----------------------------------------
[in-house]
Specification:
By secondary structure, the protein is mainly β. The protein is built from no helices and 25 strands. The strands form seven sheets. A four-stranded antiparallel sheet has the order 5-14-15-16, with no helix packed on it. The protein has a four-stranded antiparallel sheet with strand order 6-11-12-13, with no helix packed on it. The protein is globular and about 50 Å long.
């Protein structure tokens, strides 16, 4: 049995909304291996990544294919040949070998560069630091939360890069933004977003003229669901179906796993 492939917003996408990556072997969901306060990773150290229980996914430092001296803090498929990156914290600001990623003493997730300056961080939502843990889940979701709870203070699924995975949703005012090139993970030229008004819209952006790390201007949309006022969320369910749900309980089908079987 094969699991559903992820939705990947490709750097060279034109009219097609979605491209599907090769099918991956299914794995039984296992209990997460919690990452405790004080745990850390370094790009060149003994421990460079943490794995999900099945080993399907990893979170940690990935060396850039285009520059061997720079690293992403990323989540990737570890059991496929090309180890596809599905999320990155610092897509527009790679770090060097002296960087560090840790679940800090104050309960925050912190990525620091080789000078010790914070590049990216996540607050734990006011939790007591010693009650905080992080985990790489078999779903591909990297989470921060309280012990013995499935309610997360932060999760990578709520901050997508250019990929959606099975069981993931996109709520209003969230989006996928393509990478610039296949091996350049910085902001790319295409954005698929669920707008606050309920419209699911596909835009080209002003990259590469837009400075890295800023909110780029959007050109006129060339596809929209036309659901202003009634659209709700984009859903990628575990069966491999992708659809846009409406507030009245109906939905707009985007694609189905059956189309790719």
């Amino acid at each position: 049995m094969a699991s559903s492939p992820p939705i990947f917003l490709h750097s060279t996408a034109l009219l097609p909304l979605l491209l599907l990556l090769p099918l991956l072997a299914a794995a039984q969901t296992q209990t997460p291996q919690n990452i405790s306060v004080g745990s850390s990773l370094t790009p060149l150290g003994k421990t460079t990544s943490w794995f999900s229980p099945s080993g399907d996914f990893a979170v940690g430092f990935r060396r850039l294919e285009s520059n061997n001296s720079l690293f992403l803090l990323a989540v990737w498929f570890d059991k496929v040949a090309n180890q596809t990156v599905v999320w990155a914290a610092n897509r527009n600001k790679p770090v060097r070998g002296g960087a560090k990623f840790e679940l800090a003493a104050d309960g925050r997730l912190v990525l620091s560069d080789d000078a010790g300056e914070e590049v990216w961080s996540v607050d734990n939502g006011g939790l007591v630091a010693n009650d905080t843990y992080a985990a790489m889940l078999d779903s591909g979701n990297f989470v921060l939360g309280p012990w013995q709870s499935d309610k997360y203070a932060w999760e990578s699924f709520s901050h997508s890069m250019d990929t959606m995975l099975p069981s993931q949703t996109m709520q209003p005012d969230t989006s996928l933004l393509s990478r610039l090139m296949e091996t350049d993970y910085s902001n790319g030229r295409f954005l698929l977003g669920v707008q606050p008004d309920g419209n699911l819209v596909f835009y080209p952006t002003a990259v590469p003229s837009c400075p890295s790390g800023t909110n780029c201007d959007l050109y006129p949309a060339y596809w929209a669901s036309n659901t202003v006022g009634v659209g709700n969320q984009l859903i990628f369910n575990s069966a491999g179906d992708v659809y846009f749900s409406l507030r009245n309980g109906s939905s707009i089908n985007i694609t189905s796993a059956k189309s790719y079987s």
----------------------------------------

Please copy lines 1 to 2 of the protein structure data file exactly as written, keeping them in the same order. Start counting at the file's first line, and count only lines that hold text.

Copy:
[in-house]
Specification: